I have continued to work on the new character models for Survival Ascension over the past few weeks. I've been hard at work building out body morphs for the models and re-architecting the meshes for being driven by the character system I'm using in the game. With that work essentially complete, I have begun the work of importing the first character and rigging it in game.
When you render a character in a game, the biggest factor in the "realism" of the character beyond the general physical likeness to a real person is how the skin renders. Most games use a standard lit shader which renders a rather flat and featureless skin. However, skin is incredibly complex in real life. Not only does it have interesting bumps and patterns which need to be replicated in game for a more realistic rendering, it is also translucent and diffuses light throughout its structure. Much of the color actually comes from the light passing through the skin and reflecting off of things behind the skin (like blood vessels, muscle, etc). Pigmentation of the skin plays a role in how the colors blend as the light diffuses through the skin.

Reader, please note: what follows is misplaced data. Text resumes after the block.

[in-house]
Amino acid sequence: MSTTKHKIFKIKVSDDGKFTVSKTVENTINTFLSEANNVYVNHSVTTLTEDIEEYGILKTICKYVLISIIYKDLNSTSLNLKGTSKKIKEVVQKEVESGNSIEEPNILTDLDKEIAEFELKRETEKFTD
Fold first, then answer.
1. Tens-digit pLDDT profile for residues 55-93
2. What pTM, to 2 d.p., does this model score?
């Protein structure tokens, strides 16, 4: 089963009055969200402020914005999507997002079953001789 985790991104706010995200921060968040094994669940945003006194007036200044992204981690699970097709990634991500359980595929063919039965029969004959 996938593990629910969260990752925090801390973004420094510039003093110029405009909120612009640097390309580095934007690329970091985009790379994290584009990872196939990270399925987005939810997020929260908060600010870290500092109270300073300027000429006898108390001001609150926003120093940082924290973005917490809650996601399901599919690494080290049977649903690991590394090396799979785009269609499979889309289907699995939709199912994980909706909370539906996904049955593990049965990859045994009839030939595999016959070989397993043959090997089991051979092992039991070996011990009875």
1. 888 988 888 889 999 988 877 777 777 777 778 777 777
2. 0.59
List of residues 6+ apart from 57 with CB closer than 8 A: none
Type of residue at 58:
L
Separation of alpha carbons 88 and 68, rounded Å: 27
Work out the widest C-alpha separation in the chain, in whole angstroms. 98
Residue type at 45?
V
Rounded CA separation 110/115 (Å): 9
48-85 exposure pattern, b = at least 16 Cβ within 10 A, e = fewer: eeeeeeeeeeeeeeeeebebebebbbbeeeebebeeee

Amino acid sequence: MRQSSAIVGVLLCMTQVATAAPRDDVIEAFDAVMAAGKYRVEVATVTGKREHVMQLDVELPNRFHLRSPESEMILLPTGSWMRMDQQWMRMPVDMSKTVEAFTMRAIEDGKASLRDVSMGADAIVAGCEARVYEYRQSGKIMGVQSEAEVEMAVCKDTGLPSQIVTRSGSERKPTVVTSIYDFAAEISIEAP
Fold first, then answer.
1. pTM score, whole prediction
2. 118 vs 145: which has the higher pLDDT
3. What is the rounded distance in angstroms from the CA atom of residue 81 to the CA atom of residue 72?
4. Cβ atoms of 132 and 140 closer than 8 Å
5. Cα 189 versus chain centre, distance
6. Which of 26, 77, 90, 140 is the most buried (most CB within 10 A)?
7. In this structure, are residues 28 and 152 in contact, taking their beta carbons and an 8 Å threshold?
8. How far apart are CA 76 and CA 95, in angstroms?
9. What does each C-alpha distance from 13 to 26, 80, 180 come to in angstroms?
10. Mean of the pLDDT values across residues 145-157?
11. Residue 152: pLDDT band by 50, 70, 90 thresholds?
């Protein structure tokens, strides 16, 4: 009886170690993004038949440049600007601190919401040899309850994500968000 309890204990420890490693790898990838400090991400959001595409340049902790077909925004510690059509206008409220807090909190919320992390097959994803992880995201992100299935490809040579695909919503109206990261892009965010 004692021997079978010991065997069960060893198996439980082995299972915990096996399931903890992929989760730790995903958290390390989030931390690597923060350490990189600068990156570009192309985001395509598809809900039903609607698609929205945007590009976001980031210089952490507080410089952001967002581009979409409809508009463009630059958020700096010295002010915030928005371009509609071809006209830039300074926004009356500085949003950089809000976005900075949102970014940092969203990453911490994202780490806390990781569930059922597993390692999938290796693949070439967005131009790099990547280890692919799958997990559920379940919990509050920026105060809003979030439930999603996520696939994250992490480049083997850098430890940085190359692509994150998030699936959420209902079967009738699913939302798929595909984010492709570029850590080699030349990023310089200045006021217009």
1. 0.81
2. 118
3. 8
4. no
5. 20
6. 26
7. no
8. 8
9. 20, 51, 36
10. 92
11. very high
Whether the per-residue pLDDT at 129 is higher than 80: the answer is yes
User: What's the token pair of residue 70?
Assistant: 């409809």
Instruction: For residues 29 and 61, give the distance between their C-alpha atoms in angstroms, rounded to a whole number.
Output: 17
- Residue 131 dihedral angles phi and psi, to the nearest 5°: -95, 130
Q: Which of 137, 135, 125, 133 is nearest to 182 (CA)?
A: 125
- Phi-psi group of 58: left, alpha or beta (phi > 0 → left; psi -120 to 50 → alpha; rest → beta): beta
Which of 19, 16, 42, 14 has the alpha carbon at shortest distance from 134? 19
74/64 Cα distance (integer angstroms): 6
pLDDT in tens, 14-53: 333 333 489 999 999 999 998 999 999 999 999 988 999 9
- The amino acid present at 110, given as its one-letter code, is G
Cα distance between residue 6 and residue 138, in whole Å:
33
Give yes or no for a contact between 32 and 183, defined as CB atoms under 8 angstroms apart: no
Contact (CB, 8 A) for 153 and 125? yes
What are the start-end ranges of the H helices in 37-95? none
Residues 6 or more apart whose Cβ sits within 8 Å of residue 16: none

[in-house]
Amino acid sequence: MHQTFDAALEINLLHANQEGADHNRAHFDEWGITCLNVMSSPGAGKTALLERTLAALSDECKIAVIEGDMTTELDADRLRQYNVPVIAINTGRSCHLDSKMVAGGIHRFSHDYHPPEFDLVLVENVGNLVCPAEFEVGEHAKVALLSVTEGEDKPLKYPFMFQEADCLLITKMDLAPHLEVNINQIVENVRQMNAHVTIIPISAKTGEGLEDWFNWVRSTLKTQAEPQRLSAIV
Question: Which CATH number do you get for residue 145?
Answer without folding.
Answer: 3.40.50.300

To achieve this complex interaction with light and properly render the complex color profile of real skin, many higher end games now use a Subsurface Scattering Shader. Essentially, the shader is designed to replicate the way light diffuses through the skin and how the colors blend and mix. Survival Ascension uses Unity as the 3D game engine, and the default rendering system in Unity (along with the newer Universal Rendering Pipeline or URP) does not support a native subsurface shading system. The new High Definition Rendering Pipeline (HDRP) does allow for this type of rendering, but it is not compatible with mobile devices or with lower end graphics hardware commonly found on budget PCs and laptops.
While I would like to eventually support an HDRP build of Survival Ascension, for now I am using a custom implementation of a subsurface shader for rendering the skin of characters in game. This shader comes at a hefty performance cost, so there will be an option available to disable this type of skin shading if you are in need of additional performance. However, the shader does provide pretty good results, even in the non-optimized scene view rendering of the models. Check out the skin rendering of the new Evita character below.